Alpine Artwalk celebrates 29th year 

Artist Liz Bartlett Culp performs a live painting demo at Catchlight Gallery for the 29th Annual Alpine Artwalk last weekend. Staff photo by Mary Cantrell.

ALPINE — Last weekend the Alpine Artwalk festival celebrated its 29th year. Local and visiting art enthusiasts turned out to show some love to area creatives, including artists and musicians, despite the biting winter weather that persisted throughout the weekend. 

Vendor and music tents lined downtown Alpine streets and smoky fire pits dotted walkways. Indoor shops and galleries entertained chilly guests as they shuffled in off the street. 

On Friday at Kishmish Plaza, Jalin Smith, a Sul Ross senior in the fine arts department, helped sell student artwork to Artwalk attendees. “It’s like my 500th time at Artwalk,” she said, laughing, noting it’s always a good excuse to chat with out-of-towners. 

“We make pretty good money every year, which is great for starving college students,” said Smith. 

Other than the artwork, the multitude of food vendors is one of the event highlights for her; her goal this year was to get a funnel cake before they sold out. Smith specializes in portraiture and has spent her time in the arts department honing her painting skills. “I’ve been doing portraiture since I was little. I always drew people. I feel like that was the easiest for me,” said Smith. 

A window mural by Eva Fox Studio livens up the Eva Salon storefront during the 29th Annual Alpine Artwalk last weekend. Staff photo by Mary Cantrell.

Over the years, she’s primarily painted friends and family — she finds it more familiar and rewarding to paint loved ones, she said. A large-scale portrait of her professor dressed in drag hung on the wall at Kishmish Plaza, one of her favorite paintings to date, she said. The sides of the frame were painted bright red, a nod to Louboutin red-bottom black high heeled shoes. 

“I wanted it to be a red bottom feel,” Smith laughs. “I painted all my edges red because I was like, ‘We’re bougie.’” 

She said she feels grateful for the camaraderie of her classmates and has enjoyed her time developing as an artist at Sul Ross. “I just got better over the years, I’ve developed more skills. But the classrooms are fun, they’re just kind of like one big family.” 

It was the last Artwalk she’d be working as a Sul Ross student; she is graduating in December and plans to pursue architecture school next. “I’m sad to be leaving, but I’m ready to go,” she said. 

Later that evening at the Catchlight Art Gallery on Holland Avenue, artist Liz Bartlett Culp performed a live painting demo and chatted with visitors. Catchlight is an artist co-op where around 15 artists display and sell work. Artists pay a rental fee, along with commission, to be a part of the space. 

Works on cardboard by Carolyn Macartney were displayed at TexPOP Alpine for Alpine Artwalk last weekend. Staff photo by Mary Cantrell.

Virginia Brotherton, a jewelry maker and member of the co-op, said Artwalk was a special time of year to have their doors open to gallery visitors. “[You] see people you haven’t seen in a long time because they get out for Artwalk, but not too much else,” said Brotherton.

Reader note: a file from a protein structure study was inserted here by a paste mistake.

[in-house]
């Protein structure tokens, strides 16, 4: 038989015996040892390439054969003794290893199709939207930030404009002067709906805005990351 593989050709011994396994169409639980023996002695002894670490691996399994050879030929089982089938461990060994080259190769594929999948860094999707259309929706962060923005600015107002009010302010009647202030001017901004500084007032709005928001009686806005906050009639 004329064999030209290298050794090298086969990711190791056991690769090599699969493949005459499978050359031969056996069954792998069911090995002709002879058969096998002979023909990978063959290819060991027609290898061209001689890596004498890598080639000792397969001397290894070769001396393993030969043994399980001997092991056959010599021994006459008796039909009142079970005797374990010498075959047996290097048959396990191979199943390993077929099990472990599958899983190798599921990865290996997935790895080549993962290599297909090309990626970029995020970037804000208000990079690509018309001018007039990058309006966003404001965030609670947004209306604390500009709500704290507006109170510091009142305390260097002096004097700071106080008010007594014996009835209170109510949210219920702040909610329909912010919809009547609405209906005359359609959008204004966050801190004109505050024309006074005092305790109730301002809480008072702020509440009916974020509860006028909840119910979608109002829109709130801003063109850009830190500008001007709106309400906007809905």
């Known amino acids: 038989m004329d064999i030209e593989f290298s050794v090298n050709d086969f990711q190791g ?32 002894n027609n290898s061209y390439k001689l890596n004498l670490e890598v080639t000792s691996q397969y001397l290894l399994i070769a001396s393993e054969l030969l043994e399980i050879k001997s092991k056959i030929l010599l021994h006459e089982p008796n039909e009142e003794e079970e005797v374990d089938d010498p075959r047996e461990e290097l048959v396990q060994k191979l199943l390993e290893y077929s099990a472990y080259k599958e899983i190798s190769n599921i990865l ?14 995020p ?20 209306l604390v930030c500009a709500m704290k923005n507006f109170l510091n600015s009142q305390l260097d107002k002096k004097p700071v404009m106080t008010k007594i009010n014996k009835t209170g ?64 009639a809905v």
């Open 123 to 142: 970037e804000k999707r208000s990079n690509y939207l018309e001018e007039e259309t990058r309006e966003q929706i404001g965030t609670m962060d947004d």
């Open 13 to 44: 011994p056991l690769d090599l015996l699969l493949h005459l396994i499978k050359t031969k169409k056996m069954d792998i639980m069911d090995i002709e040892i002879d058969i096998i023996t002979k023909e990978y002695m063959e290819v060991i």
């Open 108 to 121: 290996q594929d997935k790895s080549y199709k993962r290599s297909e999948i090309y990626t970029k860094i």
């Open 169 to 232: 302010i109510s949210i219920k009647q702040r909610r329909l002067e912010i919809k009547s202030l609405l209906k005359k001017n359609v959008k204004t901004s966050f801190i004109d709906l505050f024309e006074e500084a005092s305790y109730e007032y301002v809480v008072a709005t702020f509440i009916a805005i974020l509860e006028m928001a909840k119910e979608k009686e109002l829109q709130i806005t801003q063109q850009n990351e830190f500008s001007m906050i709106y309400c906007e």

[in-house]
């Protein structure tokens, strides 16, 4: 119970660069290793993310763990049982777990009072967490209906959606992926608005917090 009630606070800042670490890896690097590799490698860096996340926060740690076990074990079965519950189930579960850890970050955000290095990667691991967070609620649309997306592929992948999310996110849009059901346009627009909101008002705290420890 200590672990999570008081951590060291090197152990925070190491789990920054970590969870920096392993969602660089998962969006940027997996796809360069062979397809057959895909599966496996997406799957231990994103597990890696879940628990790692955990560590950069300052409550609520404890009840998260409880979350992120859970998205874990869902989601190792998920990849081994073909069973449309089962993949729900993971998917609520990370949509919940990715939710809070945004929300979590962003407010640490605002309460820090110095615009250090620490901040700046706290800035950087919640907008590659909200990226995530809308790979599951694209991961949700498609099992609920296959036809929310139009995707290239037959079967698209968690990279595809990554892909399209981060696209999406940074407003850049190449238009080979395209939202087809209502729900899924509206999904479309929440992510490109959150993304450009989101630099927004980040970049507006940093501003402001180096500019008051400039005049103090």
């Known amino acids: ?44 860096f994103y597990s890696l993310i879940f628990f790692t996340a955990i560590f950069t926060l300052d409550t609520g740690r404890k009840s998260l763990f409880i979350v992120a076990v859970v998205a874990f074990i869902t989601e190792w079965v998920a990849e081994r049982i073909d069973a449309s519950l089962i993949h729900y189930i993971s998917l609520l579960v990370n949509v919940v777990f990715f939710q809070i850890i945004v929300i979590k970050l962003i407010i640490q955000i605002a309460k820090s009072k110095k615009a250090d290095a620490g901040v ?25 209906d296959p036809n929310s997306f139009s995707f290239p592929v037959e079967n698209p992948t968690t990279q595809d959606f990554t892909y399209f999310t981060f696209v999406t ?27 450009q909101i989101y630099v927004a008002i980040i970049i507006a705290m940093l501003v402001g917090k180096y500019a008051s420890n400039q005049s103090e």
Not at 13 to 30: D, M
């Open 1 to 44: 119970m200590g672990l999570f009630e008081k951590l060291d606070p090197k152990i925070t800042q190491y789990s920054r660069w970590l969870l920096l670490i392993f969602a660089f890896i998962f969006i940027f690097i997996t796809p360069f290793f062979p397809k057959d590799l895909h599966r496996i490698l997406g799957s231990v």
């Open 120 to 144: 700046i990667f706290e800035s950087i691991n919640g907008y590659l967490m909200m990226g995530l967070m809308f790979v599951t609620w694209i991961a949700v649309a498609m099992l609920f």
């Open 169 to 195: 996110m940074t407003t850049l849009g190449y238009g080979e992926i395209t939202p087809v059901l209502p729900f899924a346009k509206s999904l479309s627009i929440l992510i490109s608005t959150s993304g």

Catchlight Gallery’s artists span medium and subject matter, but an overall theme of appreciation for the West Texas landscape shines through. “What more beautiful place do you have than what we have?” said Brotherton, as other co-op artists nearby nodded in agreement. 

Even Brotherton, who focuses her artistic practice on jewelry, not landscape painting, sources local rocks and materials. Co-op artist Martha Scott, who works in ceramics and found materials, and Brotherton said the running theme of a love for West Texas landscapes allows for many different interpretations of similar things to exist in the same space. 

“We have a whole bunch of artists to look at,” said Scott. “But everybody in here has at least one thing that has prickly pears, and that’s kind of an interesting thing, I think.” 

Compared to the Marfa arts scene, Scott said it feels like the Alpine arts scene is more inclusive, with a homey feel, and she likes the fact that the artists in the co-op all live and work locally.  

“I think that really makes a difference, that we don’t have somebody representing us. We represent ourselves,” said Scott. “Then it’s so much more unique and it’s also right here so it’s much more appealing. It’s not like somebody’s coming here and seeing and taking pictures and then going back and painting them in New York or Germany.”

Catchlight Gallery will soon welcome its newest co-op member, Presidio-based artist Ramon Deanda. Brotherton said Deanda’s youth and sense of humor, in addition to his artworks, will be a welcome addition to their collective. 

“We want someone who’s doing different stuff than what others are doing,” said Brotherton. “I really like what he’s wanting to do for Presidio.”  

Deanda said he was delighted to be joining the Alpine gallery soon. “It’s pretty exciting to be part of a group of experienced artists. I hope I can learn more from them. I’m so thankful and grateful that they invited me to be part of Catchlight Gallery,” he said. 

For this year’s Artwalk, Deanda was invited by Sul Ross professor Gregory Tegarden to display prints in the art bus, which he said was a new and fun experience. Plus, he said, the icy weather was simply a memorable feature of the signature event at times. 

“In 2013 I showcased student artwork from Presidio Elementary in the middle of a crazy ice storm,” said Deanda. “My favorite part of Artwalk was being able to see old art friends and meeting new friends. You never know who you are going to run into.”